Boise’s claim-to-prime-time fame, “The Grinder,” will survive its (Fred) savage ratings for a few more weeks.
Despite plummeting viewership, Fox recently ordered six more scripts for the legal comedy, which is set in Boise and stars Fred Savage and Rob Lowe. It debuted Sept. 29.
Analysis at TV.com notes that because Fox has nothing else to stick in its time slot, “The Grinder” might actually last a full season. After that, it’s hard to imagine producers plea-bargaining their way out of the inevitable death sentence.
Sorry, Idaho, back to reality — as in TV. Or wait, has our embarrassing truTV outfitters show, “Way Out West,” been mercifully axed, too?
Never miss a local story.
Treefort gets certified
Joining internationally known companies such as Ben & Jerry’s and Patagonia, Boise’s Treefort Music Fest recently received B Corp certification.
If you’re like most Americans, you have no idea what this means. Yet, as a Treefort fan, you inherently grasp what a post-rock sadcore chamber-pop band is?
Know this: Treefort is the first music festival to achieve B Corp status.
B Corp certification is a third-party stamp of social do-gooder approval from B Lab, a global nonprofit with multinational offices. It’s not easy to attain. “B Corp is to business what Fair Trade certification is to coffee or USDA Organic certification is to milk,” the organization’s website explains, adding that B Corps are certified “to meet rigorous standards of social and environmental performance, accountability, and transparency.”
Basically, it’s a way for Treefort Music Fest to tell the world that it’s a different kind of music festival that plans to hold itself to a higher standard.
Be proud, Boise.
And, no, I don’t know who the headliners will be at next year’s Treefort, which is March 23-27.
Youth Lagoon covers ... The Sundays?
When Trevor Powers, aka Boise musician Youth Lagoon, told me this summer that he was a major fan of The Sundays’ classic 1990 song “Here’s Where the Story Ends,” I thought he was goofing.
The Sundays are jangly alt-rock Brits from the 1990s. Powers is a 26-year-old synth scientist who puts Boise on the indie map with millennials in the 2010s.
Powers’ interpretation is bold. He transforms the track into alien-tinged, futuristic nostalgia.
The airy elegance of Harriet Wheeler’s voice isn’t something Powers attempts to duplicate. And the song’s organic, free spirit is replaced by machine-driven urgency and interstellar dynamics.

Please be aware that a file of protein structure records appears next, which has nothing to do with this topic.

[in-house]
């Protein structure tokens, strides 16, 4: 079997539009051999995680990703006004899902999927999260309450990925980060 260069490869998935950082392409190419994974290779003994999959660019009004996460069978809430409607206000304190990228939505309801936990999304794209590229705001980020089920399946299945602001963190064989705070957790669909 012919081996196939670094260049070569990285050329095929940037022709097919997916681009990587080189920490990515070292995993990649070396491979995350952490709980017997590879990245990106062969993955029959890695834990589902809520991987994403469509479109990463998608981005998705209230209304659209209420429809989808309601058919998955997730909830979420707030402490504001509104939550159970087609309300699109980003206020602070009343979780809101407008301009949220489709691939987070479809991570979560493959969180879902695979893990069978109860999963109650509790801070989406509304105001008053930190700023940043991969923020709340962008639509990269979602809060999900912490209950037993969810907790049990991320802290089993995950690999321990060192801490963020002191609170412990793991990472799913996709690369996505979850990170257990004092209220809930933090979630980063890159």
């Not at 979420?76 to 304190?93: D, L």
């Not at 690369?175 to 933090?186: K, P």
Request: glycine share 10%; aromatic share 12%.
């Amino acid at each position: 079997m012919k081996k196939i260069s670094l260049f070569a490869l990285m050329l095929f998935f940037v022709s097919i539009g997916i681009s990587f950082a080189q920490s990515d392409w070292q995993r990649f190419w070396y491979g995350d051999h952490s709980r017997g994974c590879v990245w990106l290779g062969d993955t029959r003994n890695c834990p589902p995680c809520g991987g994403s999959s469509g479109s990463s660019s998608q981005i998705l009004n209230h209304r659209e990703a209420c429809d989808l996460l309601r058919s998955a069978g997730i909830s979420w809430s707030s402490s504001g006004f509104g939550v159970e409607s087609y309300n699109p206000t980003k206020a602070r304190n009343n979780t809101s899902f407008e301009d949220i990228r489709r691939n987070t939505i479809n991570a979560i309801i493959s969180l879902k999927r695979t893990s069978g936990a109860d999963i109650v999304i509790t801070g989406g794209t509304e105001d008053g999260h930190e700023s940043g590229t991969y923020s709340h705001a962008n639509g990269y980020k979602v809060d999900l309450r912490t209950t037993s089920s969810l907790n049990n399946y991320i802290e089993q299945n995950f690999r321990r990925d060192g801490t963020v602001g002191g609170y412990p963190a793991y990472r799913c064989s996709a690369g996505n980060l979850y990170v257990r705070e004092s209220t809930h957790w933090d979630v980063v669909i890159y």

Into it? Me, too. But Youth Lagoon does not plan to release a studio version.
Hoptober goes big
The second annual Hoptober Freshtival from Boise Brewing was blessed with mostly excellent weather Oct. 17 — and a larger turnout in its sophomore year. Check out photos here.
Broad Street between 5th and 6th streets was stuffed with more than 2,000 beer enthusiasts, up from about 1,500 in 2014. The reasonably priced celebration of fresh-hop beers was a heck of a deal and offered a lot of palate joy.
Bottom line: Cool, harvest-season theme for a brew festival.
The only widespread gripe? A forehead-thwacking porta-potty shortage, certainly baffling for any brew festival in year two.
Hoptober Freshtival’s biggest hurdle might be its own success. Could a new location be in its future?
For more beer news, see my Tapped In column on page 22.
Boise loves NYC
The first-ever “Boise and Friends” showcase at CMJ Music Marathon in New York City might be the start of an annual tradition.
Eric Gilbert, who organized the Oct. 14 performance, says it went so well that it’s likely he’ll put together another one in 2016. Boise’s own Magic Sword, Street Fever, Sun Blood Stories and Foul Weather participated, as well as three acts culled from the West.
Boise and Friends took place at Cameo Gallery in Brooklyn. That might change next year. “A couple of different options came out of the woodwork while we were there,” says Gilbert, co-founder of Treefort Music Fest.
Michael Deeds entertainment column runs Fridays in Scene and alternating Sundays in Explore. He co-hosts “The Other Studio” at 9 p.m. Sundays on 94.9 FM The River.